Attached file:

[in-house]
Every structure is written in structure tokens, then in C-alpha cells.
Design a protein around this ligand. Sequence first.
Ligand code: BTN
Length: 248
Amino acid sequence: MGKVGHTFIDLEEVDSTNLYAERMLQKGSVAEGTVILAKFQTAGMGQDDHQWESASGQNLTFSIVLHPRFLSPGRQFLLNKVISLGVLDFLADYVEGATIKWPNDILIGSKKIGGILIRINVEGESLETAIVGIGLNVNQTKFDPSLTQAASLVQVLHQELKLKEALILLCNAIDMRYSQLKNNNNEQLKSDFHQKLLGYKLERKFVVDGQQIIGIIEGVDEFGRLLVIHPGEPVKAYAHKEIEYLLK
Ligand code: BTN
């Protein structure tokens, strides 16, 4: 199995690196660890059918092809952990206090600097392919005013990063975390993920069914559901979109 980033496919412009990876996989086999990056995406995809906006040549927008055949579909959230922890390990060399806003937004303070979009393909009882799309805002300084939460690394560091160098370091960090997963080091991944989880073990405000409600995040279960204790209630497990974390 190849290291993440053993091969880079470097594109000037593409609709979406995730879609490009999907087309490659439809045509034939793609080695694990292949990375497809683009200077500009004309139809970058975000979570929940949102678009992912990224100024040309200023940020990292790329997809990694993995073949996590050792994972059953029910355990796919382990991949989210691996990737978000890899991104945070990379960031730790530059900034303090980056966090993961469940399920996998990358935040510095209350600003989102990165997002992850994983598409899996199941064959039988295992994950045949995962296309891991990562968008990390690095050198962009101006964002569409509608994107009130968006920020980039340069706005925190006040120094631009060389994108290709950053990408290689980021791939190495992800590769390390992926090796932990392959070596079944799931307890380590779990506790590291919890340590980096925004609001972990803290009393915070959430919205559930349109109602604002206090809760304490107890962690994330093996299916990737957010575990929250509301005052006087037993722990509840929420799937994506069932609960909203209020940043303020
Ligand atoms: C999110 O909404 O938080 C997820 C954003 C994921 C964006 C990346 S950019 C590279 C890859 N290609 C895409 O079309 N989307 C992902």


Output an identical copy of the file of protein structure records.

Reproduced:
[in-house]
Every structure is written in structure tokens, then in C-alpha cells.
Design a protein around this ligand. Sequence first.
Ligand code: BTN
Length: 248
Amino acid sequence: MGKVGHTFIDLEEVDSTNLYAERMLQKGSVAEGTVILAKFQTAGMGQDDHQWESASGQNLTFSIVLHPRFLSPGRQFLLNKVISLGVLDFLADYVEGATIKWPNDILIGSKKIGGILIRINVEGESLETAIVGIGLNVNQTKFDPSLTQAASLVQVLHQELKLKEALILLCNAIDMRYSQLKNNNNEQLKSDFHQKLLGYKLERKFVVDGQQIIGIIEGVDEFGRLLVIHPGEPVKAYAHKEIEYLLK
Ligand code: BTN
């Protein structure tokens, strides 16, 4: 199995690196660890059918092809952990206090600097392919005013990063975390993920069914559901979109 980033496919412009990876996989086999990056995406995809906006040549927008055949579909959230922890390990060399806003937004303070979009393909009882799309805002300084939460690394560091160098370091960090997963080091991944989880073990405000409600995040279960204790209630497990974390 190849290291993440053993091969880079470097594109000037593409609709979406995730879609490009999907087309490659439809045509034939793609080695694990292949990375497809683009200077500009004309139809970058975000979570929940949102678009992912990224100024040309200023940020990292790329997809990694993995073949996590050792994972059953029910355990796919382990991949989210691996990737978000890899991104945070990379960031730790530059900034303090980056966090993961469940399920996998990358935040510095209350600003989102990165997002992850994983598409899996199941064959039988295992994950045949995962296309891991990562968008990390690095050198962009101006964002569409509608994107009130968006920020980039340069706005925190006040120094631009060389994108290709950053990408290689980021791939190495992800590769390390992926090796932990392959070596079944799931307890380590779990506790590291919890340590980096925004609001972990803290009393915070959430919205559930349109109602604002206090809760304490107890962690994330093996299916990737957010575990929250509301005052006087037993722990509840929420799937994506069932609960909203209020940043303020
Ligand atoms: C999110 O909404 O938080 C997820 C954003 C994921 C964006 C990346 S950019 C590279 C890859 N290609 C895409 O079309 N989307 C992902």